Smart Grid's Growth Now Depends on States
Now that Congress has directed $4.6 billion in stimulus spending toward developing a "smart" electric grid, it will be up to the states to get consumers on board and adjust rates to pay for the technology."
The state role is crucial. We're the ones who know how ratepayers react. We're the ones that know the bumps in the road. We're the ones who know how what their tolerance level is for innovative things," said Frederick Butler, president of the National Association of Regulatory Utility Commissioners.
The improvements, backers say, will change nearly every part of the nation's aging power transmission system - from how power plants distribute power to how consumers use it at home.
The idea behind a smart grid - parts of which are already being introduced in Los Angeles, Boulder, Colo. and Austin, Texas - is to install devices that, working together, can save energy by increasing efficiency, reduce blackouts and cut customers' bills.
Smart meters, for example, could instantly report to customers the cost of electricity at any moment. Penny-pinching consumers could then turn off the air conditioning on a steamy August afternoon or run their clothes dryers at night to save money. Some appliances even could be programmed to turn off automatically if power gets too expensive.
Behind the scenes, new tools will also be able to quickly divert electricity around highly congested power lines, reducing the risk of costly and inconvenient power outages. Jesse Berst, the managing director of GlobalSmartEnergy.com, told a panel of governors in Washington, D.C., in February that the August 2003 blackout in the Northeast left 50 million people in eight states and Canada without power and caused $6 billion in damages. And it happened in just 9 seconds.
Sensors also could better direct repair crews to the site of a downed power line, and utilities could remotely test a customer's connection to determine whether a power outage at a home is the result of a grid problem or wiring in the customer's house.
But for the plans to succeed, state regulators must overhaul the rules they have used for decades to determine electric rates.
"You can't have a smart grid and dumb rates. We have been used to - for over 100 years - rates that are the same all day, every day. That's not the way electricity is produced," Butler said.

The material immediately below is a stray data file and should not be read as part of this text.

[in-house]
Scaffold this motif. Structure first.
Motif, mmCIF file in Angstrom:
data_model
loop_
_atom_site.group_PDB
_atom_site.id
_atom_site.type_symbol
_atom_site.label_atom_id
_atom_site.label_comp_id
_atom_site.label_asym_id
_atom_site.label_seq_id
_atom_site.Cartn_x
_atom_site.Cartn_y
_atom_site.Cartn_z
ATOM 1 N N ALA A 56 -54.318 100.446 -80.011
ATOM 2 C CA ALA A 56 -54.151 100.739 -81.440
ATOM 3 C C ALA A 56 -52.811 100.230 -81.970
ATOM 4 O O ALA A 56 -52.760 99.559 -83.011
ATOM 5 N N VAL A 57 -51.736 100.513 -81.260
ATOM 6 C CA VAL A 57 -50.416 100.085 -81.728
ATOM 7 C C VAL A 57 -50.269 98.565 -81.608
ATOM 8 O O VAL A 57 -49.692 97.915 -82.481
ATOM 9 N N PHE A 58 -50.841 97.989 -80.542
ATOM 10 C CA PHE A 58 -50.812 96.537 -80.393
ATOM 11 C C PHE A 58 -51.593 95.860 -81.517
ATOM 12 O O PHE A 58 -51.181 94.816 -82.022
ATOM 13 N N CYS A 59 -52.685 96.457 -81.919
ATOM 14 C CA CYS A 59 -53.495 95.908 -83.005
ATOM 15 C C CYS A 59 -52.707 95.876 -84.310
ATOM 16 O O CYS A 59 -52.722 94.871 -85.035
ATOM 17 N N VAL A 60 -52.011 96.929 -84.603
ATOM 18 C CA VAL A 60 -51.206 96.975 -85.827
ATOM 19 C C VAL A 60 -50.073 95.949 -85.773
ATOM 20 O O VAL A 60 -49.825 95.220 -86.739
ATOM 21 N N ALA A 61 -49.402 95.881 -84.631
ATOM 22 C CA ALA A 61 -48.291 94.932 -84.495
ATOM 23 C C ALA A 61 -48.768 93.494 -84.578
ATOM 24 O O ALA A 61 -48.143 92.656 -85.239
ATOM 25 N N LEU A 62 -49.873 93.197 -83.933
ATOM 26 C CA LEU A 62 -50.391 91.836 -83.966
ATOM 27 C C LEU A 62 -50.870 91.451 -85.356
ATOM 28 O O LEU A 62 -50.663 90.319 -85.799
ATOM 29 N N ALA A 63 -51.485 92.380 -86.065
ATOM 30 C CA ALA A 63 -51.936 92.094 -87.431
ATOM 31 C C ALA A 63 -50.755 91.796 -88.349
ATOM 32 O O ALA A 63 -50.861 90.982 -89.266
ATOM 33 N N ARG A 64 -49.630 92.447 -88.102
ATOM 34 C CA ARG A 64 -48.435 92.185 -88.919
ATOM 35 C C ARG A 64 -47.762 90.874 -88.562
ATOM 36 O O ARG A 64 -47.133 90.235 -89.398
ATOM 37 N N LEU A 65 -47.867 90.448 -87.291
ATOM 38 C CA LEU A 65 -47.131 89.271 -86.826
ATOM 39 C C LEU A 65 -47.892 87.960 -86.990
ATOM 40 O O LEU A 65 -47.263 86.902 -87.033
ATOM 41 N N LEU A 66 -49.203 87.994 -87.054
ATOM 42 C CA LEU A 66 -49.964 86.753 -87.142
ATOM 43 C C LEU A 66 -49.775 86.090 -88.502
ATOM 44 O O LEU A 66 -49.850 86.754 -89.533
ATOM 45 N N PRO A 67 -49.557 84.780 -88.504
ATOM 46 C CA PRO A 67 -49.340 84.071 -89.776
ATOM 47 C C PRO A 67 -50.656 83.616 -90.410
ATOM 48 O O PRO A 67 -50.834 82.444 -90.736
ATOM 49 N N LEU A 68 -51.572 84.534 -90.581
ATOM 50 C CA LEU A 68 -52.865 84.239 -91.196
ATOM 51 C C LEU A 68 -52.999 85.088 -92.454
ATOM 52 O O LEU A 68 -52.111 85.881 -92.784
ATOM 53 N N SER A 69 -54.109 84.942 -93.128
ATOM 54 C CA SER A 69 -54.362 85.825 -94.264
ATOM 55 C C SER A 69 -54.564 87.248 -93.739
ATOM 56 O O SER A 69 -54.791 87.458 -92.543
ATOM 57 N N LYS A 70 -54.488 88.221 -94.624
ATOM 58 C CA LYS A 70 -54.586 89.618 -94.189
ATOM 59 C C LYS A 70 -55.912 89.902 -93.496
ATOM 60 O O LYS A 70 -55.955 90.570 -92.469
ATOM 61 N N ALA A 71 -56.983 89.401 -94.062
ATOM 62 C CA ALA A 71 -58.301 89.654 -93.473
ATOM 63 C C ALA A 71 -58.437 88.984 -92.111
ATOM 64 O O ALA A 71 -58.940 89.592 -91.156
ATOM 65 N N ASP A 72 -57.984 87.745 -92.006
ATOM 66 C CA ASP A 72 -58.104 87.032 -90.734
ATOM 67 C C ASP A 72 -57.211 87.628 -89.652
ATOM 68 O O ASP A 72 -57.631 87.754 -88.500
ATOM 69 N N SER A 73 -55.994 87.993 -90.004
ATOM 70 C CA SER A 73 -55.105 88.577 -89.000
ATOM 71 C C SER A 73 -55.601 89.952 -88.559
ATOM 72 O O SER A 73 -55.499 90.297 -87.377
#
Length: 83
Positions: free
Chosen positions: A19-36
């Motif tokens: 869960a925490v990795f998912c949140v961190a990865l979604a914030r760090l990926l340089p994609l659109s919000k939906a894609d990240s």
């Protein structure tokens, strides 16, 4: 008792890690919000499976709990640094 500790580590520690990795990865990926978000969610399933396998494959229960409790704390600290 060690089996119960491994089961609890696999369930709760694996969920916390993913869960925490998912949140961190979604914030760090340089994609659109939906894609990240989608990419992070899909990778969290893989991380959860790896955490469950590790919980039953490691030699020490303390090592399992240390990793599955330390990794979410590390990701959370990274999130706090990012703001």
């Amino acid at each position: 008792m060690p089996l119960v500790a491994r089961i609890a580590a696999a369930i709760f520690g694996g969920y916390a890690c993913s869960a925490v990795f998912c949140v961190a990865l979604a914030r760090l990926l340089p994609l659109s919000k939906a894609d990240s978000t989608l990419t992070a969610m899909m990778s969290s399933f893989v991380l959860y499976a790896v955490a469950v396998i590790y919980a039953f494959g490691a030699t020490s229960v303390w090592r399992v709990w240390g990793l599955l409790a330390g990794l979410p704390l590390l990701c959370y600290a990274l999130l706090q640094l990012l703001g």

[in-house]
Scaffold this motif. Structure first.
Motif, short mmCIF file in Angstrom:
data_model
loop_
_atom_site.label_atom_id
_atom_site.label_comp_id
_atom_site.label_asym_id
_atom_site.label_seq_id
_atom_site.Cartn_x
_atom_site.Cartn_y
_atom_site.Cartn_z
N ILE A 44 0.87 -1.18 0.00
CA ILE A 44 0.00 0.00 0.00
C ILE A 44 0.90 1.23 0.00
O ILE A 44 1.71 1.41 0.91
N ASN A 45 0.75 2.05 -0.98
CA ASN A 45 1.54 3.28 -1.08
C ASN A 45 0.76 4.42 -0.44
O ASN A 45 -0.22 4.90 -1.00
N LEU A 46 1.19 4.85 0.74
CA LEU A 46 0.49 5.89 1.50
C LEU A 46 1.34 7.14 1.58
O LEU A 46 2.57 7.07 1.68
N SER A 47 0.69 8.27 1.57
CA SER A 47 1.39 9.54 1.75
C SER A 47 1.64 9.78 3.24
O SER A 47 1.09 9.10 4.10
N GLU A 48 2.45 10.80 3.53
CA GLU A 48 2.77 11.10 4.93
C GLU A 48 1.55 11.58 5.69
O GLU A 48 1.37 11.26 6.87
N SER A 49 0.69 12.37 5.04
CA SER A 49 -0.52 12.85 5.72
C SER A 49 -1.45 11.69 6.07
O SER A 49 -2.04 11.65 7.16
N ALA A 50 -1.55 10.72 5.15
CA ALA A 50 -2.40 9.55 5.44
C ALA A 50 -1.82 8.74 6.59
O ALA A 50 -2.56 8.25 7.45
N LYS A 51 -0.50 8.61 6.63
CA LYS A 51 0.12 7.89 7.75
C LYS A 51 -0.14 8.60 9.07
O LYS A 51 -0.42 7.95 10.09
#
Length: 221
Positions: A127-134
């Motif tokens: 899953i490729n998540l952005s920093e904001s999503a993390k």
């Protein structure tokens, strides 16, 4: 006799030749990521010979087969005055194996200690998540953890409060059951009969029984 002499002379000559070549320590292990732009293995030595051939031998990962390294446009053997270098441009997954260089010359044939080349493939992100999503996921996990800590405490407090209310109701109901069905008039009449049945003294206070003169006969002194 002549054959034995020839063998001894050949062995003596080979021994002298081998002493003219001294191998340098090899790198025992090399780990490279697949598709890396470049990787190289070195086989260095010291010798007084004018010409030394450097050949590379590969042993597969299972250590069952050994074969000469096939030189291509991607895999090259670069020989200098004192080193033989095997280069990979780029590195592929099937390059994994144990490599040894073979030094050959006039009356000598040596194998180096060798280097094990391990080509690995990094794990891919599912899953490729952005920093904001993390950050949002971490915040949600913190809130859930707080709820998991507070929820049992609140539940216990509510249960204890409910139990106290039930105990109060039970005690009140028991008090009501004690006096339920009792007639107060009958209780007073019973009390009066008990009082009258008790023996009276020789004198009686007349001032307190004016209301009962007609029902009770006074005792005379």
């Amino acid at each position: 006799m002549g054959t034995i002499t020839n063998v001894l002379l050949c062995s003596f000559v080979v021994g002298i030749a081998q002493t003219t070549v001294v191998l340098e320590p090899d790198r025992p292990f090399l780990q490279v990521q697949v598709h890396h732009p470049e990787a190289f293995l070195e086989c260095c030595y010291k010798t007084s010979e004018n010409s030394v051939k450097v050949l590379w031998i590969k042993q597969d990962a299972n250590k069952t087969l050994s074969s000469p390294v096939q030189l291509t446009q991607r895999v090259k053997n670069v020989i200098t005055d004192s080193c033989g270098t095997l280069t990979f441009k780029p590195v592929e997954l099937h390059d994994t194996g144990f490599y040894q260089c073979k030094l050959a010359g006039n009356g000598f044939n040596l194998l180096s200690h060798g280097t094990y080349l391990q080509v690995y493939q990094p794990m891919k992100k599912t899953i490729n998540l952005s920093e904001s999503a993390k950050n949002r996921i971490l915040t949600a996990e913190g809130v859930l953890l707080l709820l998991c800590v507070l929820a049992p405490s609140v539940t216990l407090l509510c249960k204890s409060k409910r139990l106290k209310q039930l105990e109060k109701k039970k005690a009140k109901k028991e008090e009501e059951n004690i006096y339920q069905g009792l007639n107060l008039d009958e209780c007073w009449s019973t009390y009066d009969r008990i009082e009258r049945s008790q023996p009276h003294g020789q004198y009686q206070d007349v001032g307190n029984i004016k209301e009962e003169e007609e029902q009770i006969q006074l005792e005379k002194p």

Regulators likely also will be asked to approve rate hikes to pay for improvements to the grid. Much of the $4.6 billion in the stimulus plan likely will be matching grants. State regulators could be asked to step in and approve rate hikes to cover the remaining costs.
Already, states are pushing for major tests of smart grids.
After the 2001 energy crisis that led to rolling blackouts in California, regulators there pressed for changes that would help them respond better to future emergencies. The need for a smart grid increased as California enacted new policies to cut greenhouse gas pollution, increase use of wind and solar power and promote the use of plug-in hybrid cars.
As a result, Southern California Edison, which covers a 50,000 square-mile area outside of Los Angeles, began distributing new electric meters to its customers last year. By 2012, it expects all 5 million of its smaller users to have the smart meters. The utility's largest customers - which use 60 percent of its power - have been using similar technology since 2003.
"That was the result of looking at what happened in the energy crisis. Had we had some reduction in the overall demand, we probably could have avoided a lot of the problems that happened," said Paul De Martini, vice president for advanced technology at the power company.
Smart meters are probably the most visible component of the smart grid, because they are in customers' homes.
But the technology is most effective when combined with other improvements. A utility has to be able to communicate fluctuating electric rates instantly, for example, for customers to save money by buying cheaper power.
Butler, the New Jersey regulator who heads the national group of commissioners, cautioned that states and utilities should focus on other improvements first, like improving the reliability of their grids, before moving to smart meters. Rolling out the meters too soon could lead to sticker shock for customers, especially if their rates go up to pay for the meters but they don't see immediate benefits, he said.
"You've got to be very careful in how you deploy these things in a way that end-use customers … understand why it's worth paying a little extra for this meter," he said.
De Martini of Southern California Edison said that approach is a "bit oversimplified" because of different priorities among utilities.
While his company is working on getting smart meters and appliances to customers, it's also pushing for upgrades that will help it better monitor its transmission system to get ready for new wind and solar plants in the area, De Martini said.
In Colorado, one utility is trying to combine many of the much-hyped smart grid technologies in Boulder to see whether the smart grid lives up to the promises of its supporters.
Xcel Energy designated the university town of roughly 100,000 people as "Smart Grid City." Xcel will compare customers with smart meters and those without to see whether the meters really pay off, said company spokesman Tom Henley.
The project includes improvements to store energy from Colorado's booming wind and solar industries, so that customers can use the electricity when they need it later.
Many of those technologies are on display at the University of Colorado chancellor's house. Rooftop solar panels collect electricity during the many sunny days; that electricity is then stored in the batteries of a plug-in hybrid vehicle.
So far, Boulder residents have welcomed the upgrades and frequently talking about addinghigher-end features such as solar panels and plug-in hybrids, Henley said.